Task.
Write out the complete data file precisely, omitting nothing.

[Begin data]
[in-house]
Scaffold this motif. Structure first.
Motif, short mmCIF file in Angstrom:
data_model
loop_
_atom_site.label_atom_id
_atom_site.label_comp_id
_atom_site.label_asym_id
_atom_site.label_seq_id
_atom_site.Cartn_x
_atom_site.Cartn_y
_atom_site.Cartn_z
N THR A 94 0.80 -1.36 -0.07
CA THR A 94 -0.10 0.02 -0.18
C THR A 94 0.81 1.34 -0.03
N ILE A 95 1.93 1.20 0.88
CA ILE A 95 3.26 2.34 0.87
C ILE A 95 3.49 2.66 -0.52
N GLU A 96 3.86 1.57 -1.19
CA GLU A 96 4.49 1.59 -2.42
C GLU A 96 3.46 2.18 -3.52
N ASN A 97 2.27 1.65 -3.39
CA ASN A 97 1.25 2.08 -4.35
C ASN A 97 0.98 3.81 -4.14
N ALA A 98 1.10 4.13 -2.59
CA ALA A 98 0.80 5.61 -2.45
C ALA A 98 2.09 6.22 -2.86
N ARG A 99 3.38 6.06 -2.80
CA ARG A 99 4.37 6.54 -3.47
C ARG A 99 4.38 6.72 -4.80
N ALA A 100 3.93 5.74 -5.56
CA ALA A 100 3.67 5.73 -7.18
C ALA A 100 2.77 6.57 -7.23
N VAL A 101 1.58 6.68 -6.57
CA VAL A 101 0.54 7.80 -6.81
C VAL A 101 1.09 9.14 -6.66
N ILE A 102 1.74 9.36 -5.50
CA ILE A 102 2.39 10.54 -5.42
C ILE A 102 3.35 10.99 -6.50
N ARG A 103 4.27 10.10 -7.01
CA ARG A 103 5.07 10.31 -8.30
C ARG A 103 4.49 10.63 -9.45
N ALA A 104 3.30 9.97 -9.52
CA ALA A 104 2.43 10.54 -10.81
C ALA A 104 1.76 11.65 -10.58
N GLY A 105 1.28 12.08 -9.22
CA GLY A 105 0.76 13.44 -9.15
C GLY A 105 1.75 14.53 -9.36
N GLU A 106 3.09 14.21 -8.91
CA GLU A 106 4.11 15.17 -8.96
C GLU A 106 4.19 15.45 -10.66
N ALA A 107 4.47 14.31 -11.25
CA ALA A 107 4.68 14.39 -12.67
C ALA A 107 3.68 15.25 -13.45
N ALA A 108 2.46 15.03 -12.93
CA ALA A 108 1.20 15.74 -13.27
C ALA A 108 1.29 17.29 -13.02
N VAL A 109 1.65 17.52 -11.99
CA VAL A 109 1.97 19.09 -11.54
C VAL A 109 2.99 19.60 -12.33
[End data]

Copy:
[in-house]
Scaffold this motif. Structure first.
Motif, short mmCIF file in Angstrom:
data_model
loop_
_atom_site.label_atom_id
_atom_site.label_comp_id
_atom_site.label_asym_id
_atom_site.label_seq_id
_atom_site.Cartn_x
_atom_site.Cartn_y
_atom_site.Cartn_z
N THR A 94 0.80 -1.36 -0.07
CA THR A 94 -0.10 0.02 -0.18
C THR A 94 0.81 1.34 -0.03
N ILE A 95 1.93 1.20 0.88
CA ILE A 95 3.26 2.34 0.87
C ILE A 95 3.49 2.66 -0.52
N GLU A 96 3.86 1.57 -1.19
CA GLU A 96 4.49 1.59 -2.42
C GLU A 96 3.46 2.18 -3.52
N ASN A 97 2.27 1.65 -3.39
CA ASN A 97 1.25 2.08 -4.35
C ASN A 97 0.98 3.81 -4.14
N ALA A 98 1.10 4.13 -2.59
CA ALA A 98 0.80 5.61 -2.45
C ALA A 98 2.09 6.22 -2.86
N ARG A 99 3.38 6.06 -2.80
CA ARG A 99 4.37 6.54 -3.47
C ARG A 99 4.38 6.72 -4.80
N ALA A 100 3.93 5.74 -5.56
CA ALA A 100 3.67 5.73 -7.18
C ALA A 100 2.77 6.57 -7.23
N VAL A 101 1.58 6.68 -6.57
CA VAL A 101 0.54 7.80 -6.81
C VAL A 101 1.09 9.14 -6.66
N ILE A 102 1.74 9.36 -5.50
CA ILE A 102 2.39 10.54 -5.42
C ILE A 102 3.35 10.99 -6.50
N ARG A 103 4.27 10.10 -7.01
CA ARG A 103 5.07 10.31 -8.30
C ARG A 103 4.49 10.63 -9.45
N ALA A 104 3.30 9.97 -9.52
CA ALA A 104 2.43 10.54 -10.81
C ALA A 104 1.76 11.65 -10.58
N GLY A 105 1.28 12.08 -9.22
CA GLY A 105 0.76 13.44 -9.15
C GLY A 105 1.75 14.53 -9.36
N GLU A 106 3.09 14.21 -8.91
CA GLU A 106 4.11 15.17 -8.96
C GLU A 106 4.19 15.45 -10.66
N ALA A 107 4.47 14.31 -11.25
CA ALA A 107 4.68 14.39 -12.67
C ALA A 107 3.68 15.25 -13.45
N ALA A 108 2.46 15.03 -12.93
CA ALA A 108 1.20 15.74 -13.27
C ALA A 108 1.29 17.29 -13.02
N VAL A 109 1.65 17.52 -11.99
CA VAL A 109 1.97 19.09 -11.54
C VAL A 109 2.99 19.60 -12.33